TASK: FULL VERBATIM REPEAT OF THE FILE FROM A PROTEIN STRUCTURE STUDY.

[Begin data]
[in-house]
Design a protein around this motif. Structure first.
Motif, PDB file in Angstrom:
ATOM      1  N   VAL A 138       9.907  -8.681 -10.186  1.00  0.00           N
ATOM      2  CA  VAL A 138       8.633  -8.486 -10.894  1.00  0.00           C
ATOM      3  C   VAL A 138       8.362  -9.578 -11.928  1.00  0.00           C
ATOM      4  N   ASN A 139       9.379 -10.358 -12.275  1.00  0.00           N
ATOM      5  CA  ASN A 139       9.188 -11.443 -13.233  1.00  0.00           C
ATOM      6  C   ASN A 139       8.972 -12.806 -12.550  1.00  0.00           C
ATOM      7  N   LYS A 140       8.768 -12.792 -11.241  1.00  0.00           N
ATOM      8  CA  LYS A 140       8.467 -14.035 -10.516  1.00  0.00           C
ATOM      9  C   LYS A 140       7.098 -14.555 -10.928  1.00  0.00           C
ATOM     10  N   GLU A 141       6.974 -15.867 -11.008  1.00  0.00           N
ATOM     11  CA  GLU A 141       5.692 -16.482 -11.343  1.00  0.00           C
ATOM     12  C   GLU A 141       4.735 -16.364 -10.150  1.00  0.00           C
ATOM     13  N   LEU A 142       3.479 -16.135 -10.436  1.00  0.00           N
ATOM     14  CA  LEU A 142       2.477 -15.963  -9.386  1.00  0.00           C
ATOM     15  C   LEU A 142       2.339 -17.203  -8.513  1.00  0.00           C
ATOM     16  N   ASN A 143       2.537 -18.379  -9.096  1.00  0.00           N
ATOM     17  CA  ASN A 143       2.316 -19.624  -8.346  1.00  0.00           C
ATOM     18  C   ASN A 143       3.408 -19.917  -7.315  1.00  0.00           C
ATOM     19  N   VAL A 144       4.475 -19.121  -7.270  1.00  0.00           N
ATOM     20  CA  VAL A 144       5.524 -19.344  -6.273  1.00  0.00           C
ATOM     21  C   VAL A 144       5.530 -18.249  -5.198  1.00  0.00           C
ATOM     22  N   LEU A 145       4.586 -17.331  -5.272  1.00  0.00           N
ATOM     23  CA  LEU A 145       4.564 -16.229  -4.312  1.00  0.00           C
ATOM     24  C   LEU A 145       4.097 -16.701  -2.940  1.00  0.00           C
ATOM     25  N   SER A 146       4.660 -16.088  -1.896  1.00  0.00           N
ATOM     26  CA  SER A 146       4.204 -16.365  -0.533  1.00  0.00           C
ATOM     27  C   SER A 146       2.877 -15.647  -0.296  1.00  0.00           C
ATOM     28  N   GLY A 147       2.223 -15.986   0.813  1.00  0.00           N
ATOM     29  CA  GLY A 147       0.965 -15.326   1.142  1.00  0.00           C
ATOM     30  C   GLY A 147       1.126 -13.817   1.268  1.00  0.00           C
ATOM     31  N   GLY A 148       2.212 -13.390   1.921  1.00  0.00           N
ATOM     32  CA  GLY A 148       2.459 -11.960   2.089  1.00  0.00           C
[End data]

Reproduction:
[in-house]
Design a protein around this motif. Structure first.
Motif, PDB file in Angstrom:
ATOM      1  N   VAL A 138       9.907  -8.681 -10.186  1.00  0.00           N
ATOM      2  CA  VAL A 138       8.633  -8.486 -10.894  1.00  0.00           C
ATOM      3  C   VAL A 138       8.362  -9.578 -11.928  1.00  0.00           C
ATOM      4  N   ASN A 139       9.379 -10.358 -12.275  1.00  0.00           N
ATOM      5  CA  ASN A 139       9.188 -11.443 -13.233  1.00  0.00           C
ATOM      6  C   ASN A 139       8.972 -12.806 -12.550  1.00  0.00           C
ATOM      7  N   LYS A 140       8.768 -12.792 -11.241  1.00  0.00           N
ATOM      8  CA  LYS A 140       8.467 -14.035 -10.516  1.00  0.00           C
ATOM      9  C   LYS A 140       7.098 -14.555 -10.928  1.00  0.00           C
ATOM     10  N   GLU A 141       6.974 -15.867 -11.008  1.00  0.00           N
ATOM     11  CA  GLU A 141       5.692 -16.482 -11.343  1.00  0.00           C
ATOM     12  C   GLU A 141       4.735 -16.364 -10.150  1.00  0.00           C
ATOM     13  N   LEU A 142       3.479 -16.135 -10.436  1.00  0.00           N
ATOM     14  CA  LEU A 142       2.477 -15.963  -9.386  1.00  0.00           C
ATOM     15  C   LEU A 142       2.339 -17.203  -8.513  1.00  0.00           C
ATOM     16  N   ASN A 143       2.537 -18.379  -9.096  1.00  0.00           N
ATOM     17  CA  ASN A 143       2.316 -19.624  -8.346  1.00  0.00           C
ATOM     18  C   ASN A 143       3.408 -19.917  -7.315  1.00  0.00           C
ATOM     19  N   VAL A 144       4.475 -19.121  -7.270  1.00  0.00           N
ATOM     20  CA  VAL A 144       5.524 -19.344  -6.273  1.00  0.00           C
ATOM     21  C   VAL A 144       5.530 -18.249  -5.198  1.00  0.00           C
ATOM     22  N   LEU A 145       4.586 -17.331  -5.272  1.00  0.00           N
ATOM     23  CA  LEU A 145       4.564 -16.229  -4.312  1.00  0.00           C
ATOM     24  C   LEU A 145       4.097 -16.701  -2.940  1.00  0.00           C
ATOM     25  N   SER A 146       4.660 -16.088  -1.896  1.00  0.00           N
ATOM     26  CA  SER A 146       4.204 -16.365  -0.533  1.00  0.00           C
ATOM     27  C   SER A 146       2.877 -15.647  -0.296  1.00  0.00           C
ATOM     28  N   GLY A 147       2.223 -15.986   0.813  1.00  0.00           N
ATOM     29  CA  GLY A 147       0.965 -15.326   1.142  1.00  0.00           C
ATOM     30  C   GLY A 147       1.126 -13.817   1.268  1.00  0.00           C
ATOM     31  N   GLY A 148       2.212 -13.390   1.921  1.00  0.00           N
ATOM     32  CA  GLY A 148       2.459 -11.960   2.089  1.00  0.00           C